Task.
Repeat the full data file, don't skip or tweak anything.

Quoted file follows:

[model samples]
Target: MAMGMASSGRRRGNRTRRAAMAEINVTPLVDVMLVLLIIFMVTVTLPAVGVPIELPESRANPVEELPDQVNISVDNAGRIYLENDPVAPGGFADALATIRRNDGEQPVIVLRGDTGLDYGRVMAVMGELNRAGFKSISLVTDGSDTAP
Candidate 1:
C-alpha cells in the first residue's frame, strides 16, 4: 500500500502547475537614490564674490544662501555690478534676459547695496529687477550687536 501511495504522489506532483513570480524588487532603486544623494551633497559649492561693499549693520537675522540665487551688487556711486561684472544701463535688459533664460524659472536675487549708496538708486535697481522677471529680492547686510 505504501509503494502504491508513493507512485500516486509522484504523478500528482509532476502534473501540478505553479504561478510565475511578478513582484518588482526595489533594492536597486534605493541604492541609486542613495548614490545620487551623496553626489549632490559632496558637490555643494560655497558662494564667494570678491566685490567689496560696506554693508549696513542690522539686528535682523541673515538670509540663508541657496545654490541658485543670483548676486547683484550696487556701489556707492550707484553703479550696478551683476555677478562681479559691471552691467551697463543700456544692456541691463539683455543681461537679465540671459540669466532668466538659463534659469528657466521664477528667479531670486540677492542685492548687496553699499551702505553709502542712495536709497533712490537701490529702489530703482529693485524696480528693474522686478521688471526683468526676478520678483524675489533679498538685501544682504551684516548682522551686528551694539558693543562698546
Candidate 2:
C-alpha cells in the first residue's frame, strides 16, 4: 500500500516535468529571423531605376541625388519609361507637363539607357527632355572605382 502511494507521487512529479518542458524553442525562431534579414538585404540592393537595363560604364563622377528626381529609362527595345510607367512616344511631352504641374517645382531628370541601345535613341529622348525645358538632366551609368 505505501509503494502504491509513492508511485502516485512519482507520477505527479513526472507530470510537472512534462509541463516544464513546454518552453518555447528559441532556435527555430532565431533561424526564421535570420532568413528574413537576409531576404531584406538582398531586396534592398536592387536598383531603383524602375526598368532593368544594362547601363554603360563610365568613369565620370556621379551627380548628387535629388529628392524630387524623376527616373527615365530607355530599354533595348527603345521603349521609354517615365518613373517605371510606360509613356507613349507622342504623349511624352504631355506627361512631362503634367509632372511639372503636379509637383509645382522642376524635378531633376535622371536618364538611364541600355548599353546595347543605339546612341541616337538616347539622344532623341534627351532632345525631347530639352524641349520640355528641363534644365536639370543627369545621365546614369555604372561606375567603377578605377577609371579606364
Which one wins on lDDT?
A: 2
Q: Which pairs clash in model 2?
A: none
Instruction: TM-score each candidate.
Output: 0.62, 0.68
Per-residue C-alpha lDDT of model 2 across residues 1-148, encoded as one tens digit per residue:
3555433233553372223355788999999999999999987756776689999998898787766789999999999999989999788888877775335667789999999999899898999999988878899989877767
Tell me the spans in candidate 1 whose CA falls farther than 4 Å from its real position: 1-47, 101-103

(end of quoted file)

[model samples]
Target: MAMGMASSGRRRGNRTRRAAMAEINVTPLVDVMLVLLIIFMVTVTLPAVGVPIELPESRANPVEELPDQVNISVDNAGRIYLENDPVAPGGFADALATIRRNDGEQPVIVLRGDTGLDYGRVMAVMGELNRAGFKSISLVTDGSDTAP
Candidate 1:
C-alpha cells in the first residue's frame, strides 16, 4: 500500500502547475537614490564674490544662501555690478534676459547695496529687477550687536 501511495504522489506532483513570480524588487532603486544623494551633497559649492561693499549693520537675522540665487551688487556711486561684472544701463535688459533664460524659472536675487549708496538708486535697481522677471529680492547686510 505504501509503494502504491508513493507512485500516486509522484504523478500528482509532476502534473501540478505553479504561478510565475511578478513582484518588482526595489533594492536597486534605493541604492541609486542613495548614490545620487551623496553626489549632490559632496558637490555643494560655497558662494564667494570678491566685490567689496560696506554693508549696513542690522539686528535682523541673515538670509540663508541657496545654490541658485543670483548676486547683484550696487556701489556707492550707484553703479550696478551683476555677478562681479559691471552691467551697463543700456544692456541691463539683455543681461537679465540671459540669466532668466538659463534659469528657466521664477528667479531670486540677492542685492548687496553699499551702505553709502542712495536709497533712490537701490529702489530703482529693485524696480528693474522686478521688471526683468526676478520678483524675489533679498538685501544682504551684516548682522551686528551694539558693543562698546
Candidate 2:
C-alpha cells in the first residue's frame, strides 16, 4: 500500500516535468529571423531605376541625388519609361507637363539607357527632355572605382 502511494507521487512529479518542458524553442525562431534579414538585404540592393537595363560604364563622377528626381529609362527595345510607367512616344511631352504641374517645382531628370541601345535613341529622348525645358538632366551609368 505505501509503494502504491509513492508511485502516485512519482507520477505527479513526472507530470510537472512534462509541463516544464513546454518552453518555447528559441532556435527555430532565431533561424526564421535570420532568413528574413537576409531576404531584406538582398531586396534592398536592387536598383531603383524602375526598368532593368544594362547601363554603360563610365568613369565620370556621379551627380548628387535629388529628392524630387524623376527616373527615365530607355530599354533595348527603345521603349521609354517615365518613373517605371510606360509613356507613349507622342504623349511624352504631355506627361512631362503634367509632372511639372503636379509637383509645382522642376524635378531633376535622371536618364538611364541600355548599353546595347543605339546612341541616337538616347539622344532623341534627351532632345525631347530639352524641349520640355528641363534644365536639370543627369545621365546614369555604372561606375567603377578605377577609371579606364
Which one wins on lDDT?
A: 2
Q: Which pairs clash in model 2?
A: none
Instruction: TM-score each candidate.
Output: 0.62, 0.68
Per-residue C-alpha lDDT of model 2 across residues 1-148, encoded as one tens digit per residue:
3555433233553372223355788999999999999999987756776689999998898787766789999999999999989999788888877775335667789999999999899898999999988878899989877767
Tell me the spans in candidate 1 whose CA falls farther than 4 Å from its real position: 1-47, 101-103